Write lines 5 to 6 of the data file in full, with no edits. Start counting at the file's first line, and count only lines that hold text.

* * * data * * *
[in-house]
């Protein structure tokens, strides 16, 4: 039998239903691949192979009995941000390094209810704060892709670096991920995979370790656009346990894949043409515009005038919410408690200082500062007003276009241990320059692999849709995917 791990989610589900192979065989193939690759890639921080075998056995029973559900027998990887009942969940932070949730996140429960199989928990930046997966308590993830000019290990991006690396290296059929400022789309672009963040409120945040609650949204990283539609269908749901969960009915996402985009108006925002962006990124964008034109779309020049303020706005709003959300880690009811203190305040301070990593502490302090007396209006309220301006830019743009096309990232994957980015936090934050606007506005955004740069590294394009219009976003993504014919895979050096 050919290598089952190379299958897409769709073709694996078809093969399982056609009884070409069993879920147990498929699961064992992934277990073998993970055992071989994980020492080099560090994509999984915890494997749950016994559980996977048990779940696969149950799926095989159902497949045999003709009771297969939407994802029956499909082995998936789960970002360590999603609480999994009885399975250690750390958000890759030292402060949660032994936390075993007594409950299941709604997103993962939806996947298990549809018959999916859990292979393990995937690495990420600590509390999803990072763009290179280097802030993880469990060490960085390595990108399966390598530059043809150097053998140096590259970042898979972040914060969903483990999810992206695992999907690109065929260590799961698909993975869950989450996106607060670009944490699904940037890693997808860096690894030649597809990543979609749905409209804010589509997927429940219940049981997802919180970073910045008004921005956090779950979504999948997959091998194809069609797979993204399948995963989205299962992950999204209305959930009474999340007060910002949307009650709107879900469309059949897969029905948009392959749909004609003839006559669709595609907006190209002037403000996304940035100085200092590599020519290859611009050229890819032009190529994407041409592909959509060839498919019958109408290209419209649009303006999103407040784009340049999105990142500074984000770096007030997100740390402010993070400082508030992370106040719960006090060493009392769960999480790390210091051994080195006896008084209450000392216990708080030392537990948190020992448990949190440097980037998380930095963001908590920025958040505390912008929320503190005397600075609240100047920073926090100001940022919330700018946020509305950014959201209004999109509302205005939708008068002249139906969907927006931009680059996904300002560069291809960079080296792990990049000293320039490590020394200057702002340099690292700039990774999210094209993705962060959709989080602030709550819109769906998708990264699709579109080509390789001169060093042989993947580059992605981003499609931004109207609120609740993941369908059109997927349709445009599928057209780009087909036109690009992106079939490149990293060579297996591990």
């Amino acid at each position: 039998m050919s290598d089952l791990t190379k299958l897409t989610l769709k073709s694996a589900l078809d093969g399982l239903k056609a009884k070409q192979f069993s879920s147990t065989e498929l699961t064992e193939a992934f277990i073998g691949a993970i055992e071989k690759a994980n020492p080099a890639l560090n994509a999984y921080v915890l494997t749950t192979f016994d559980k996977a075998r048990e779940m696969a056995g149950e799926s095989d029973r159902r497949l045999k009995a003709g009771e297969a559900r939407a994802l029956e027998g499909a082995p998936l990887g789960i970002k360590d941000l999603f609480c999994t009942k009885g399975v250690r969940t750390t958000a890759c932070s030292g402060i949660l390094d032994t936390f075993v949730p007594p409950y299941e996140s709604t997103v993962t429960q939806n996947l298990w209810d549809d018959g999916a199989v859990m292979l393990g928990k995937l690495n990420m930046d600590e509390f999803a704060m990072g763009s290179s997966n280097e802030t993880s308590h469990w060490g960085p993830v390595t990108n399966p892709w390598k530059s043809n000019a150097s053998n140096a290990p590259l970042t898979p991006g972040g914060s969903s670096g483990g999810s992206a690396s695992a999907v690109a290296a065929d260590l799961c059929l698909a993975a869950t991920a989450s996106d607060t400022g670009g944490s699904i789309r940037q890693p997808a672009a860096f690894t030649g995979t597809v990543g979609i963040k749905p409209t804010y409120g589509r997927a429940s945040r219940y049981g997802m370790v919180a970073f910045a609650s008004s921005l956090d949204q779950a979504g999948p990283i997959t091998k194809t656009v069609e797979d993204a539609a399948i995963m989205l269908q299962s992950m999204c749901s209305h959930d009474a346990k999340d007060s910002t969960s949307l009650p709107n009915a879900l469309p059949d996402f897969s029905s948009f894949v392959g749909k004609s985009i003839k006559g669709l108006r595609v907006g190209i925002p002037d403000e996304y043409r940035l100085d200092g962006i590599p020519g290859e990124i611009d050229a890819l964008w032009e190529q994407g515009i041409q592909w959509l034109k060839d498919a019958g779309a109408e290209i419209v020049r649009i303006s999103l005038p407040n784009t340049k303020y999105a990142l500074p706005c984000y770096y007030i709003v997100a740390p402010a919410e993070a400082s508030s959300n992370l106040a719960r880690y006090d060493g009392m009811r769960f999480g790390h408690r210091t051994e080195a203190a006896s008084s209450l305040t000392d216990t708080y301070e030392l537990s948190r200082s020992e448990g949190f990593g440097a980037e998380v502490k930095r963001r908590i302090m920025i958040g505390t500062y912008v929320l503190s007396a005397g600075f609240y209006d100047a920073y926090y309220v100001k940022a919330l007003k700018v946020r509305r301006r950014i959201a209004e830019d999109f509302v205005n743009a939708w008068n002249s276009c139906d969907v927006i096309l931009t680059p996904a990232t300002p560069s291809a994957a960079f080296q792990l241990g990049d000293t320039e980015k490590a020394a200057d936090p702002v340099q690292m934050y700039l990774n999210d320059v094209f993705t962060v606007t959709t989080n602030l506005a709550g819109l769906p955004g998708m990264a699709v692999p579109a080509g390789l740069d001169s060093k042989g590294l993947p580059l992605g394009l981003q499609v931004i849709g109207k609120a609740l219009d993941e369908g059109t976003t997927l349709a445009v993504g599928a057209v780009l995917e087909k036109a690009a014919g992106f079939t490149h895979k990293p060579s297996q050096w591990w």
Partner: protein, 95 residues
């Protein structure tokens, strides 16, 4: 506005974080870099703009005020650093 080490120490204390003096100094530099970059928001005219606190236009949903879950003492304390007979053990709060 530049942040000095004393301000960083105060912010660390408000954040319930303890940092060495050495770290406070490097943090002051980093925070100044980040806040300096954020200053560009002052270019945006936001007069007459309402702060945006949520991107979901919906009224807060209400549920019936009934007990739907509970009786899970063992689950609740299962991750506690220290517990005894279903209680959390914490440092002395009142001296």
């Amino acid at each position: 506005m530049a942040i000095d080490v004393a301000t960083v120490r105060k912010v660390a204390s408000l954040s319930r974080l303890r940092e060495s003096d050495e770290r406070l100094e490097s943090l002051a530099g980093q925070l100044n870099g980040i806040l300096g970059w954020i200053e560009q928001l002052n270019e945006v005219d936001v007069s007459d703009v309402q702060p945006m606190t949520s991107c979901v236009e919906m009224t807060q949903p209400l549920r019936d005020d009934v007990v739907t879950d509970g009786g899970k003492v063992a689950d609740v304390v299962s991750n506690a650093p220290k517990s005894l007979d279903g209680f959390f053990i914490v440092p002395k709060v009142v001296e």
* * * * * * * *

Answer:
């Protein structure tokens, strides 16, 4: 506005974080870099703009005020650093 080490120490204390003096100094530099970059928001005219606190236009949903879950003492304390007979053990709060 530049942040000095004393301000960083105060912010660390408000954040319930303890940092060495050495770290406070490097943090002051980093925070100044980040806040300096954020200053560009002052270019945006936001007069007459309402702060945006949520991107979901919906009224807060209400549920019936009934007990739907509970009786899970063992689950609740299962991750506690220290517990005894279903209680959390914490440092002395009142001296």
């Amino acid at each position: 506005m530049a942040i000095d080490v004393a301000t960083v120490r105060k912010v660390a204390s408000l954040s319930r974080l303890r940092e060495s003096d050495e770290r406070l100094e490097s943090l002051a530099g980093q925070l100044n870099g980040i806040l300096g970059w954020i200053e560009q928001l002052n270019e945006v005219d936001v007069s007459d703009v309402q702060p945006m606190t949520s991107c979901v236009e919906m009224t807060q949903p209400l549920r019936d005020d009934v007990v739907t879950d509970g009786g899970k003492v063992a689950d609740v304390v299962s991750n506690a650093p220290k517990s005894l007979d279903g209680f959390f053990i914490v440092p002395k709060v009142v001296e």